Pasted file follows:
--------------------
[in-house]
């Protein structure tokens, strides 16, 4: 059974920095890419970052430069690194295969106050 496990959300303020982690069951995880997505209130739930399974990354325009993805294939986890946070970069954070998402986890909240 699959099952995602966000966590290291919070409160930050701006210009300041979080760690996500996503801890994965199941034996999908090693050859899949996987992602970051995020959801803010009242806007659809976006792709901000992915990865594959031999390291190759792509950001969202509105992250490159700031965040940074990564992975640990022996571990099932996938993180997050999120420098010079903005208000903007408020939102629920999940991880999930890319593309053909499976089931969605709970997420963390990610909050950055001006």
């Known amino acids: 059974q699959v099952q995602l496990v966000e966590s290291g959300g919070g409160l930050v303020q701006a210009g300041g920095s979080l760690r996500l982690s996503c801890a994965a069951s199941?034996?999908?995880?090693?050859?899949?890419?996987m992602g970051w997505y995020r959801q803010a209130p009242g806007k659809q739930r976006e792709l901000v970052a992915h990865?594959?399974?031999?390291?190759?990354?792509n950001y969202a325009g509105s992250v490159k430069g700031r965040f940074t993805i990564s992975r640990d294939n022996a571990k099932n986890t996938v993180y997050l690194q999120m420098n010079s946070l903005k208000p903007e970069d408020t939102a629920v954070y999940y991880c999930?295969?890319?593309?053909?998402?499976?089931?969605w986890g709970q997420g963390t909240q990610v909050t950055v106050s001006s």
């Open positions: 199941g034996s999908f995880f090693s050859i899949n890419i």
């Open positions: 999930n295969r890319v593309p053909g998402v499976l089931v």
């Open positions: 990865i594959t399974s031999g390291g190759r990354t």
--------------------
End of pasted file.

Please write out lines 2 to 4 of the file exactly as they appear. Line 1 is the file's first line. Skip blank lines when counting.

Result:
């Protein structure tokens, strides 16, 4: 059974920095890419970052430069690194295969106050 496990959300303020982690069951995880997505209130739930399974990354325009993805294939986890946070970069954070998402986890909240 699959099952995602966000966590290291919070409160930050701006210009300041979080760690996500996503801890994965199941034996999908090693050859899949996987992602970051995020959801803010009242806007659809976006792709901000992915990865594959031999390291190759792509950001969202509105992250490159700031965040940074990564992975640990022996571990099932996938993180997050999120420098010079903005208000903007408020939102629920999940991880999930890319593309053909499976089931969605709970997420963390990610909050950055001006």
């Known amino acids: 059974q699959v099952q995602l496990v966000e966590s290291g959300g919070g409160l930050v303020q701006a210009g300041g920095s979080l760690r996500l982690s996503c801890a994965a069951s199941?034996?999908?995880?090693?050859?899949?890419?996987m992602g970051w997505y995020r959801q803010a209130p009242g806007k659809q739930r976006e792709l901000v970052a992915h990865?594959?399974?031999?390291?190759?990354?792509n950001y969202a325009g509105s992250v490159k430069g700031r965040f940074t993805i990564s992975r640990d294939n022996a571990k099932n986890t996938v993180y997050l690194q999120m420098n010079s946070l903005k208000p903007e970069d408020t939102a629920v954070y999940y991880c999930?295969?890319?593309?053909?998402?499976?089931?969605w986890g709970q997420g963390t909240q990610v909050t950055v106050s001006s």
């Open positions: 199941g034996s999908f995880f090693s050859i899949n890419i």